It's a provocative theory, but would leave me very, very surprised if that were Oracle's motivation. Perhaps they could improve the financials of the EDA business, or juice up EDA's database architectures. But more likely, it seems to me is that Oracle is looking for control of software assets like Java and MySQL. The server and chip businesses just seem way beyond Oracle's core competencies. I'd guess those may be spun off or otherwise de-emphasized.
5/7 Larry says they're keeping all the hardware business.
Friday, April 17, 2009
I was heartened to hear the President's recognition of the value of scientists and engineers, and their abilities to contribute to a sound economy:
one of the changes that I would like to see — and I’m going to be talking about this in weeks to come — is once again seeing our best and our brightest commit themselves to making things — engineers, scientists, innovators. For so long, we have placed at the top of our pinnacle folks who can manipulate numbers and engage in complex financial calculations. And that’s good, we need some of that. But you know what we can really use is some more scientists and some more engineers, who are building and making things that we can export to other countries.
(New York Times photo)
Interested in visiting Silicon Valley, or brushing up on your technology industry history? Check out American Journeys - Searching for Silicon Valley; a Place and a State of Mind from the New York Times.
Saturday, April 11, 2009
Wednesday, April 08, 2009
Read more about its history and how it works in Circuit Simulation - Part One - SPICE Turns Thirty-Six. It's a nice article where you will either learn a little circuit theory, or have flashbacks of courses you took a long time ago. I used to be able to do these equations in my sleep. Let's not talk about my "current" capability.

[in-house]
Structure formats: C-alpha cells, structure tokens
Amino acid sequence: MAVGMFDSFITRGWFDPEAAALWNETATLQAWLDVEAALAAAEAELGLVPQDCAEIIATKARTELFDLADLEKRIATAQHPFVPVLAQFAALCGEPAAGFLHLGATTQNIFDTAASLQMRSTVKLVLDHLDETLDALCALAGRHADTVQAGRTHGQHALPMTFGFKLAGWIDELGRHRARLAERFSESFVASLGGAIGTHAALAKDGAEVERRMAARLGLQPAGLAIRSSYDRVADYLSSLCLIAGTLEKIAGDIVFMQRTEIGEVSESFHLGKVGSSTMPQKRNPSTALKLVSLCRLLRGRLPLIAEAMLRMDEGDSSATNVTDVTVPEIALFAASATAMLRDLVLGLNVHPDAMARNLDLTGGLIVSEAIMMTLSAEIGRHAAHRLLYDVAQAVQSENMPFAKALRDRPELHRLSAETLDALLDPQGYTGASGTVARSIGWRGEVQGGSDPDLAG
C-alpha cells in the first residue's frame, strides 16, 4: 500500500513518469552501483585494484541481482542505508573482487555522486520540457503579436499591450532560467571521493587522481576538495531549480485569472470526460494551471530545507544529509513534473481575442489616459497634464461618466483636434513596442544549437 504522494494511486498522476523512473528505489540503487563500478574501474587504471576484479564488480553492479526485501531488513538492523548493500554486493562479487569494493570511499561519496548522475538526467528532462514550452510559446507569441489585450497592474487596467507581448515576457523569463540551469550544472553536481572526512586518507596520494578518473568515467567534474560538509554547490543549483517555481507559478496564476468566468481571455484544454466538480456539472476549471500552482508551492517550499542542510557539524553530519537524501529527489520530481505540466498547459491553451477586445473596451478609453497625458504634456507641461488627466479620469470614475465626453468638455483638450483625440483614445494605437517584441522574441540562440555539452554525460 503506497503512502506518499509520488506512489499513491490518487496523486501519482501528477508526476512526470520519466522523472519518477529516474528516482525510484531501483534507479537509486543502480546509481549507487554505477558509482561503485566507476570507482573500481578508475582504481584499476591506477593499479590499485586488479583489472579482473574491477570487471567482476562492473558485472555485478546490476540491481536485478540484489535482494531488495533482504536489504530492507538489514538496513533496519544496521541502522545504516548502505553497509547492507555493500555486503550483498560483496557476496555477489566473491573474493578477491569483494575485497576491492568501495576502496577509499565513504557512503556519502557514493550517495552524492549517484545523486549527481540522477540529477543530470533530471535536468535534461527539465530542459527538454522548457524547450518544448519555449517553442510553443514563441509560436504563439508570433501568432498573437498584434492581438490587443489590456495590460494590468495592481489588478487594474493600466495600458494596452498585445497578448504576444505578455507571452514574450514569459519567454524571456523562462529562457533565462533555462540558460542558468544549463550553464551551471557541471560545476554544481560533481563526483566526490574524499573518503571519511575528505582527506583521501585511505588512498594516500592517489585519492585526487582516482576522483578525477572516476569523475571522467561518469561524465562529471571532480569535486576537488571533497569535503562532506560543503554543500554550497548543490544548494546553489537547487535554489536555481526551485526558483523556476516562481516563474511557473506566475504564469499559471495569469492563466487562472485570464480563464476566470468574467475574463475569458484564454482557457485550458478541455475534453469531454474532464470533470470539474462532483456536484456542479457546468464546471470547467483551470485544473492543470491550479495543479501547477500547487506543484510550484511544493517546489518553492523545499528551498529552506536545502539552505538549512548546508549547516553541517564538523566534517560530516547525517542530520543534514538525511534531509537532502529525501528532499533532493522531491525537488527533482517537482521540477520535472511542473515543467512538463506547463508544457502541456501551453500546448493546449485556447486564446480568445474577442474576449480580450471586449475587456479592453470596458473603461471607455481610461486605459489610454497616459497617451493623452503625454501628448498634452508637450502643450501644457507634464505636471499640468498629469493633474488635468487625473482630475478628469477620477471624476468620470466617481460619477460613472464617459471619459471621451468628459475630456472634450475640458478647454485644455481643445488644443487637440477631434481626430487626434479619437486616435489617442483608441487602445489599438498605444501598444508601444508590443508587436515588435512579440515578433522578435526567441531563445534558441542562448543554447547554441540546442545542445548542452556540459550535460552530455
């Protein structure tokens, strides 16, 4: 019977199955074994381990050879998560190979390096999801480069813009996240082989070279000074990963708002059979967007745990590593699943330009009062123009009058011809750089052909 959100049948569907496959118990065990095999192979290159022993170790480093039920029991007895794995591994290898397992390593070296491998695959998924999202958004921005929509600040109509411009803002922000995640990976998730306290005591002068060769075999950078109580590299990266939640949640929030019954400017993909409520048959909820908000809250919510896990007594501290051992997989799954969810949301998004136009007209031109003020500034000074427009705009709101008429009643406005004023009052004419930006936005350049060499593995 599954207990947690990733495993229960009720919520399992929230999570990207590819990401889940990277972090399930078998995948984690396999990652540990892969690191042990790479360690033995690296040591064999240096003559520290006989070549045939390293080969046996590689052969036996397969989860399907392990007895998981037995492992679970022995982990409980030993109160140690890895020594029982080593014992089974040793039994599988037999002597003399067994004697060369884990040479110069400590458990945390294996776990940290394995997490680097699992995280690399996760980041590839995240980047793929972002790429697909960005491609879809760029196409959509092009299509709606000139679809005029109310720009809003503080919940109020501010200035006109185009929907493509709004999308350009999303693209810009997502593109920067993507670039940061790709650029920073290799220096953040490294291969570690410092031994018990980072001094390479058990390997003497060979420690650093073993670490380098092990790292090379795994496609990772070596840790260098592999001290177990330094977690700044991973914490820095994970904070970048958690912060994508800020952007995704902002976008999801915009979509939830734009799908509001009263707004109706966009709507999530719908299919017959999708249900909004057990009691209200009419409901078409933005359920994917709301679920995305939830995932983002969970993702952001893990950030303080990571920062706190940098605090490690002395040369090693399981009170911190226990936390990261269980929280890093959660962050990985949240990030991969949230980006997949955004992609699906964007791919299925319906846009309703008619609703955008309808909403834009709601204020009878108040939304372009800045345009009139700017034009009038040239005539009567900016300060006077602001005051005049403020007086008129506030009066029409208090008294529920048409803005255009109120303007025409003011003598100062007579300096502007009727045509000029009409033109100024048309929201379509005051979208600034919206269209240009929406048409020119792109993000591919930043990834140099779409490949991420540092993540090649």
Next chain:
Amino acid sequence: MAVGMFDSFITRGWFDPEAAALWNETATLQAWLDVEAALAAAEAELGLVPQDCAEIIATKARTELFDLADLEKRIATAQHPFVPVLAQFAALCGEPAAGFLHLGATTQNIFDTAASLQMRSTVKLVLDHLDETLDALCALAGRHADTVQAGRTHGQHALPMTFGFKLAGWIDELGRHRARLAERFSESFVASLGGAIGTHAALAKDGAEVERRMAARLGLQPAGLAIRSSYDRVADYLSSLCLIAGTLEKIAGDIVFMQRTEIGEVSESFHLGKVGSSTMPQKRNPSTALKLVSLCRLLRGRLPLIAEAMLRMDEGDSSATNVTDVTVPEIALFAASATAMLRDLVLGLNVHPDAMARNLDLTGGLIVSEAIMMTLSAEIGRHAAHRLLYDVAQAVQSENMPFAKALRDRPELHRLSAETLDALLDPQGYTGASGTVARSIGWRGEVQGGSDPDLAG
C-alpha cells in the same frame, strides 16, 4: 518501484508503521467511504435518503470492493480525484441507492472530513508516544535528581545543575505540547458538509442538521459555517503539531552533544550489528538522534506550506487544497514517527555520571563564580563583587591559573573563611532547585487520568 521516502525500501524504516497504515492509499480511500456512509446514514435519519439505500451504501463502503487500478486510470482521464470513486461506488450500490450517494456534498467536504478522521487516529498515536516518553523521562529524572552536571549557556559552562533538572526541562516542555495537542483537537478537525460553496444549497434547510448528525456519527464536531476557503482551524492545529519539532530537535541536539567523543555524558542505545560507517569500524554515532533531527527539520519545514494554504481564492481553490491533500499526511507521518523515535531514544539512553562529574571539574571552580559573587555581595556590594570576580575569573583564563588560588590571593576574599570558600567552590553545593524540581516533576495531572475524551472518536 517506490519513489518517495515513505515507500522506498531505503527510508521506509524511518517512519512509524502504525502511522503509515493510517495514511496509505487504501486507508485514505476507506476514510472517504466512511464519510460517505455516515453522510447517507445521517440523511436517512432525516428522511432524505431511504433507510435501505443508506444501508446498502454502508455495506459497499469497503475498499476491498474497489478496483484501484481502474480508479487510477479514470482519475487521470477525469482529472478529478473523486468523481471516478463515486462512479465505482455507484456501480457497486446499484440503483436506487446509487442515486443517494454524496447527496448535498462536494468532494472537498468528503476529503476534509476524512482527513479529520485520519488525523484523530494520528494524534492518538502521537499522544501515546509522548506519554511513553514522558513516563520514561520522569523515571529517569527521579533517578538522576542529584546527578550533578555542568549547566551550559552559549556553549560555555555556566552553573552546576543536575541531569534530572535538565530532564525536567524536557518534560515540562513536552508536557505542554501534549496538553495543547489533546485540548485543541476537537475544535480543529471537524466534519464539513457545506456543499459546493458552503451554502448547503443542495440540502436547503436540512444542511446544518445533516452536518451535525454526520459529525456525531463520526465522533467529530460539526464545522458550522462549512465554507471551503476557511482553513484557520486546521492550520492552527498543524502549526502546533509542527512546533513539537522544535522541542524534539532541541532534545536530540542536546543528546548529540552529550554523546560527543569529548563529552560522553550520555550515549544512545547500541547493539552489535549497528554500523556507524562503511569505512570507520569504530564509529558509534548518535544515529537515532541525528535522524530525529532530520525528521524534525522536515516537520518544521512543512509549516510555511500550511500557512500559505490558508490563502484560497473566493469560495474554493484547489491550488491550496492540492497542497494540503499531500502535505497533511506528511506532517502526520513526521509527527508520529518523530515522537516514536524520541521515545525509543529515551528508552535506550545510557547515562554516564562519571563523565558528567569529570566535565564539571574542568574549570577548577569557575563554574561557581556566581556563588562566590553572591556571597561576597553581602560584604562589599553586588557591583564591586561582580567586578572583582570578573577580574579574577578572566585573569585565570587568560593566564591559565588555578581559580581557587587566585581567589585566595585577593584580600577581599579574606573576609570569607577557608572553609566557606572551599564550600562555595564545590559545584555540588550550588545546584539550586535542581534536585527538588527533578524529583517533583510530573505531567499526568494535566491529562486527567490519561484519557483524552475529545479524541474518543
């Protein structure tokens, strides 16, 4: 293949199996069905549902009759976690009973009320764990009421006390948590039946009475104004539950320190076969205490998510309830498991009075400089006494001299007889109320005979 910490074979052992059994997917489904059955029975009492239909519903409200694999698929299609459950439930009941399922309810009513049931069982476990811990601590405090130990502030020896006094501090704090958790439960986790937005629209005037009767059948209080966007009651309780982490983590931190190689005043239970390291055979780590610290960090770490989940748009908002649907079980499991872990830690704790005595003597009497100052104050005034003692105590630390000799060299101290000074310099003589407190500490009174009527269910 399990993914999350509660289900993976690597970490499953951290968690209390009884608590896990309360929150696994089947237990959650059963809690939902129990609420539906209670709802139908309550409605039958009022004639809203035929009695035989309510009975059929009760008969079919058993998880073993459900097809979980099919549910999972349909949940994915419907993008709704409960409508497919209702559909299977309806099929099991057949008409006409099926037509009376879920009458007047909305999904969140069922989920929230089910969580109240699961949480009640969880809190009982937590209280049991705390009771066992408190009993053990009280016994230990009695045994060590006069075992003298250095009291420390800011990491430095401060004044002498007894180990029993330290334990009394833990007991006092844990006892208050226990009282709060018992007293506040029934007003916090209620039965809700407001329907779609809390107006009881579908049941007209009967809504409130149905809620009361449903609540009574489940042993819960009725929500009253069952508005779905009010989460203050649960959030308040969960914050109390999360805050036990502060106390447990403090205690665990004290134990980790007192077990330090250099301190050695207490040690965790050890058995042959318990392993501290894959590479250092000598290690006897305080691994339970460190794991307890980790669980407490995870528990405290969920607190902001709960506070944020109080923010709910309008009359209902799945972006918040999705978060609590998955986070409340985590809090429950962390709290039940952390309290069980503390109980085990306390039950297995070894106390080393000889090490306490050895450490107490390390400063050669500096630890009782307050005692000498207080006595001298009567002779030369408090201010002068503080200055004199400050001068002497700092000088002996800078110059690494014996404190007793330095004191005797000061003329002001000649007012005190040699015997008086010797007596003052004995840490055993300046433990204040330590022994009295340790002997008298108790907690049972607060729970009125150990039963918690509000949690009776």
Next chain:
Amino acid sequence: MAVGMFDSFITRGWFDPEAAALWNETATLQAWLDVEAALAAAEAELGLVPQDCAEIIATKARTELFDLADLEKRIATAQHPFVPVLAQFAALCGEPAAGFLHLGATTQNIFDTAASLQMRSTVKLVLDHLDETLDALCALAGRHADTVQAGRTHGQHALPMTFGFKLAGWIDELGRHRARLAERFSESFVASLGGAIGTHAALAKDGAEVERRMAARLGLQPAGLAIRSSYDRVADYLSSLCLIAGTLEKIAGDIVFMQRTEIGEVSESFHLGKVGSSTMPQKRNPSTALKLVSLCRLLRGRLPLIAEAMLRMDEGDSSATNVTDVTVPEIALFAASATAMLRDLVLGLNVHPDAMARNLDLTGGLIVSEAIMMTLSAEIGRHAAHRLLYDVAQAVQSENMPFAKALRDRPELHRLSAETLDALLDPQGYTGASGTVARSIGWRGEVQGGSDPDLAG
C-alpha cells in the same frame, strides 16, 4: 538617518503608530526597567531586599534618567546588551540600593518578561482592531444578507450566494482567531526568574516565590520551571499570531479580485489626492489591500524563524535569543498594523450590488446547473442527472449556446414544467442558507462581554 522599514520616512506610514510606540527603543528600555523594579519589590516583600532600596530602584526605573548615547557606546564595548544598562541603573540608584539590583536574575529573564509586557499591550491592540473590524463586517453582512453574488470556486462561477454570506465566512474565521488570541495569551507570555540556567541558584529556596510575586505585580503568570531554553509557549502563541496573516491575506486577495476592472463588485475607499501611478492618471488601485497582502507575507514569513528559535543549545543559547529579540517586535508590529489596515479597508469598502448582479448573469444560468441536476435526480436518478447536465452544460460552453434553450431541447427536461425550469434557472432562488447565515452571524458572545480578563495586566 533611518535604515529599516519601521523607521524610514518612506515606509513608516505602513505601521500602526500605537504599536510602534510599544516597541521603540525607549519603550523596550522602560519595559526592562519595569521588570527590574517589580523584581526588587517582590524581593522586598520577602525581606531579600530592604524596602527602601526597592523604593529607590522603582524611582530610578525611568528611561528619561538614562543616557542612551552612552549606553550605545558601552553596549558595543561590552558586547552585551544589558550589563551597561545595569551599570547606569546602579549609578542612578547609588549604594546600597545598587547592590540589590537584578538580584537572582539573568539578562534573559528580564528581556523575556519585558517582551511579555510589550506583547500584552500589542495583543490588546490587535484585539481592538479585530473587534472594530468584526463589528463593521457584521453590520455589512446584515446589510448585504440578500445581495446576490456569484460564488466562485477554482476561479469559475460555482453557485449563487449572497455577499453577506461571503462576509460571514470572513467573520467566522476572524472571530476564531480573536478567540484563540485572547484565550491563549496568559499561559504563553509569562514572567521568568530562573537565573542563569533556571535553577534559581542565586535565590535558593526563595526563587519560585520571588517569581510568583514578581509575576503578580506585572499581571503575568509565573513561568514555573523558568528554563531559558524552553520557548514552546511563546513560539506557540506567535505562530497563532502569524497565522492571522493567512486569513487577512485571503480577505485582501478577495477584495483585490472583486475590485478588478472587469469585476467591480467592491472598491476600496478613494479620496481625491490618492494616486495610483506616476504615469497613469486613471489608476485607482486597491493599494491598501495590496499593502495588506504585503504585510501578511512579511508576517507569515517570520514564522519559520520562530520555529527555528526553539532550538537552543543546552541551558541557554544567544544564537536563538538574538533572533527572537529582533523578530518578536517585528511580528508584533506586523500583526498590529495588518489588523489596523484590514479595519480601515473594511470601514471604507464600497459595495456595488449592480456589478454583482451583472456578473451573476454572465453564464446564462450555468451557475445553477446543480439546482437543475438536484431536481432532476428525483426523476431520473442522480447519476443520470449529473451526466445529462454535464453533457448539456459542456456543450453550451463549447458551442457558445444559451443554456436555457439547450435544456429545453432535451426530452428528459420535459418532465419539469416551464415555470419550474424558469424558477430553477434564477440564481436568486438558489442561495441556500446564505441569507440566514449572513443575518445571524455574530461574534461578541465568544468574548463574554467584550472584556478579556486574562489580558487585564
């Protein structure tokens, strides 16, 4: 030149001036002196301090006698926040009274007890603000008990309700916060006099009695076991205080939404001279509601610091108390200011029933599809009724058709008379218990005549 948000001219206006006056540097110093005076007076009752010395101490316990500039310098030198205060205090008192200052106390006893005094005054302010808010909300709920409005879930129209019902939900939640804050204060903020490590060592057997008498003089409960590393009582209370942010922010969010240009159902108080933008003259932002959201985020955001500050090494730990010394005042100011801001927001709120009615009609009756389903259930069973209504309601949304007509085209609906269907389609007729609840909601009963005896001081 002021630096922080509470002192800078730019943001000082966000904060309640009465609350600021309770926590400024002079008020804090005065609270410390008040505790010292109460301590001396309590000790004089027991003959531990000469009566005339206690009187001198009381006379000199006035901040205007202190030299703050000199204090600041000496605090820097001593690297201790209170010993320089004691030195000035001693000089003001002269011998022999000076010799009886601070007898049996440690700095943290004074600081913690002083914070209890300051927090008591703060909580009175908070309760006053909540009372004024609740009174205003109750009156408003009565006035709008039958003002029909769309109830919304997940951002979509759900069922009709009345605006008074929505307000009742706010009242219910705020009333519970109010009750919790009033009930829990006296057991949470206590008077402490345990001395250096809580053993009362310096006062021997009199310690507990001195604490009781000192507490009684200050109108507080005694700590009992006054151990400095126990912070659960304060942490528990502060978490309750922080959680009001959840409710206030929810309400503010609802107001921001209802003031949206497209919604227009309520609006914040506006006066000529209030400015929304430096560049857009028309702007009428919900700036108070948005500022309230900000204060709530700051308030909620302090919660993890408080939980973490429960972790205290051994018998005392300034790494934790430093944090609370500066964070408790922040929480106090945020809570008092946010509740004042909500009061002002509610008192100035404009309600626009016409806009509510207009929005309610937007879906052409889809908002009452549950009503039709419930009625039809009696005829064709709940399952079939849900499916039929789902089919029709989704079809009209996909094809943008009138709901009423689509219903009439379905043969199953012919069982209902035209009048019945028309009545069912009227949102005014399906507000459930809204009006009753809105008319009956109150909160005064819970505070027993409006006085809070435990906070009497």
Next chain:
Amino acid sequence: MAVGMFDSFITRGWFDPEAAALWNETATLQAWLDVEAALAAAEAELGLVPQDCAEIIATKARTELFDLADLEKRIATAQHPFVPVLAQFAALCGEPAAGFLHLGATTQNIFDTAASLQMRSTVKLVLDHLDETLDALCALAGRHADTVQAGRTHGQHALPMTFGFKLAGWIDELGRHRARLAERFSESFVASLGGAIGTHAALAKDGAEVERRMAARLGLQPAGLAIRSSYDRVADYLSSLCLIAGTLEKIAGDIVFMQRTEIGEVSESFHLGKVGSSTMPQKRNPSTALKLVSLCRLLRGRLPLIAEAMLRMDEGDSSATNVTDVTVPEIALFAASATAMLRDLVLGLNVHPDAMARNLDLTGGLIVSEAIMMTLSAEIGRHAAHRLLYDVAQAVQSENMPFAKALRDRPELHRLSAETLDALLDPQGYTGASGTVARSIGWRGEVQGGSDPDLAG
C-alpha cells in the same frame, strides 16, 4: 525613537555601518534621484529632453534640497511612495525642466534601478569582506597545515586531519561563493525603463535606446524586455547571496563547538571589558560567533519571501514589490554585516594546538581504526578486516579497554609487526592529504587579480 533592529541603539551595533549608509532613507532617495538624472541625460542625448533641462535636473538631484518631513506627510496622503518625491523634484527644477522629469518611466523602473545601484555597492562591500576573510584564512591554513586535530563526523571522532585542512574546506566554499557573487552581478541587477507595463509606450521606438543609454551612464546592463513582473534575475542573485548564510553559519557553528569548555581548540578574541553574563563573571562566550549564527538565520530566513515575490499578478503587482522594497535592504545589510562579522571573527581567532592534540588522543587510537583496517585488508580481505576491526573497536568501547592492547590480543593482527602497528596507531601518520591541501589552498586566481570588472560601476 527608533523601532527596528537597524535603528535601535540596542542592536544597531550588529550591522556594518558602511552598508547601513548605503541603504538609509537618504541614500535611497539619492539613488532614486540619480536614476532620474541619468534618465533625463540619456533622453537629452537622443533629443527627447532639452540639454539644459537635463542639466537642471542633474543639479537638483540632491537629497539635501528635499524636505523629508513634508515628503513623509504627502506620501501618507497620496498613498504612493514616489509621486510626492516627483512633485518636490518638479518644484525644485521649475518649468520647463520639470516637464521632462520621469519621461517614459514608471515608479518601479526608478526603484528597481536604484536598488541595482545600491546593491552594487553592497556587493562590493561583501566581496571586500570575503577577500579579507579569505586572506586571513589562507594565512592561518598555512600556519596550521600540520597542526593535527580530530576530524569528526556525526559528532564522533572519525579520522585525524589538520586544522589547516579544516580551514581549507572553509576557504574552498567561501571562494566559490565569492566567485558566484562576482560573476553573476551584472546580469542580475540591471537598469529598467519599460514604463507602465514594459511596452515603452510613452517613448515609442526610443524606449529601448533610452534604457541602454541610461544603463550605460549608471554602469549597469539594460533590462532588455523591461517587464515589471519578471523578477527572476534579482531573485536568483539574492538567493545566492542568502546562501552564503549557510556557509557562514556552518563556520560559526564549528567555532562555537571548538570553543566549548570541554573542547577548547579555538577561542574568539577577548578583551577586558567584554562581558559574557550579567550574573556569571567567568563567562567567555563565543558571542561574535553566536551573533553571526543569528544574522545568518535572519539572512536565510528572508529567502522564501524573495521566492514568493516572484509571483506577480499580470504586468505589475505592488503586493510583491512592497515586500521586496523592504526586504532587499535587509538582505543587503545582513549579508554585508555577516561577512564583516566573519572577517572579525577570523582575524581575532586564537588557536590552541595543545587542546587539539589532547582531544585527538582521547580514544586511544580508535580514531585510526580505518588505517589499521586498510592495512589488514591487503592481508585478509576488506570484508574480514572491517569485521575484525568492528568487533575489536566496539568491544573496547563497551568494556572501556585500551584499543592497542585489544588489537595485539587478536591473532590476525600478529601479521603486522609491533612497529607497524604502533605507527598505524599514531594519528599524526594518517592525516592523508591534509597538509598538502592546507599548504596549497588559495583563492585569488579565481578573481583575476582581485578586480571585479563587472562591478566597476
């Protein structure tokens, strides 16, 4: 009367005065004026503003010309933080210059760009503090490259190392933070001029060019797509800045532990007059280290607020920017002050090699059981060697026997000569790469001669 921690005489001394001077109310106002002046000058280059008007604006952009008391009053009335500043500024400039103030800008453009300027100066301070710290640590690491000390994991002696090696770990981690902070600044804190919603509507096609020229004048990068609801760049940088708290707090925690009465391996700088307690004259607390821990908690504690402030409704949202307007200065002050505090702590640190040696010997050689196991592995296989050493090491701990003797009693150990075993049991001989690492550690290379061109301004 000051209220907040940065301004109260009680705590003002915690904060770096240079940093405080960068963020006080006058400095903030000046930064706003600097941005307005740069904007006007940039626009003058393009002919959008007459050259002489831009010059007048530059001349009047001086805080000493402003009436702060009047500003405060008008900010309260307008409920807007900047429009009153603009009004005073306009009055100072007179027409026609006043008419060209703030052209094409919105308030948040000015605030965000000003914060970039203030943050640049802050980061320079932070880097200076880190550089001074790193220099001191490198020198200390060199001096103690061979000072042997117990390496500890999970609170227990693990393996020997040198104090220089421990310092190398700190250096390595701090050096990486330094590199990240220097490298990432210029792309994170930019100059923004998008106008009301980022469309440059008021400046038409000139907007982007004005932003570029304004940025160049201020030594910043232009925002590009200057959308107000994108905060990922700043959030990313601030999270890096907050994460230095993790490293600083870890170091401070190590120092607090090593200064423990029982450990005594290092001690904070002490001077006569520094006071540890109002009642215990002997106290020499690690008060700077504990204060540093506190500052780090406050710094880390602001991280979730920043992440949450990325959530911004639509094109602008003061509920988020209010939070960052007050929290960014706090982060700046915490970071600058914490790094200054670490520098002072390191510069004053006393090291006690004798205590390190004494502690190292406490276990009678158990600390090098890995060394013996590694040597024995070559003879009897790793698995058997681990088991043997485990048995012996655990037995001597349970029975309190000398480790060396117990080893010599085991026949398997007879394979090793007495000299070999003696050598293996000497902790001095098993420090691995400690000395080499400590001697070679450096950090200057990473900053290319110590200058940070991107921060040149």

If you'd like to learn more about SPICE, look for the blogger to post more parts in his series. There's also The SPICE Book, authored by one of the SPICE developers.
Tuesday, April 07, 2009
these humble documents shape the Internet’s inner workings and have played a significant role in its success
What history! What an achievment! It represents the best of engineering culture, to have an open dialogue to craft the best solution (brainstormimg + compromise). And, it only leaves me wondering, why can't we have more true collaborative standards in our industry?
Monday, April 06, 2009
I've always been a wannabe hardcore software engineer (it was my emphasis for my M.S.), but in reality, am JAPH.
Nevertheless, I enjoy keeping up with new software development methodologies and languages. As far as fluency, I'm in the age of Java and OOP, but I enjoyed this clear explanation of Why Functional Programming Matters in the "Daily Vim" blog.
Even if you aren't interested in new languages just for the sake of it, this snippet shows why it's relevant to strong emerging trends in CPUs, GPUs, and productive programming paradigms:
At this point, the resounding question in your mind is probably, "why bother?" Well, fortunately there's a very strong reason behind all this shifting of methodology, and that's concurrency.
Wednesday, April 01, 2009
Tuesday, March 24, 2009
Some reactions to her points:
- Synopsys is king of the hill. Yes, obviously.
- Cadence should acquire Magma. I could see this happening. That's the kind of thing Cadence has done in the past, and Magma is getting small.
- Bring back Joe Costello. It would certainly energize the industry, but I doubt he'd want to, or that he could fix things alone.
Tuesday, March 17, 2009
One of the new announcements was a surprise to me: a flow management system called "Lynx". There's no way I can describe it better than harry … the ASIC guy � Synopsys Lynx Design System Debuts at SNUG.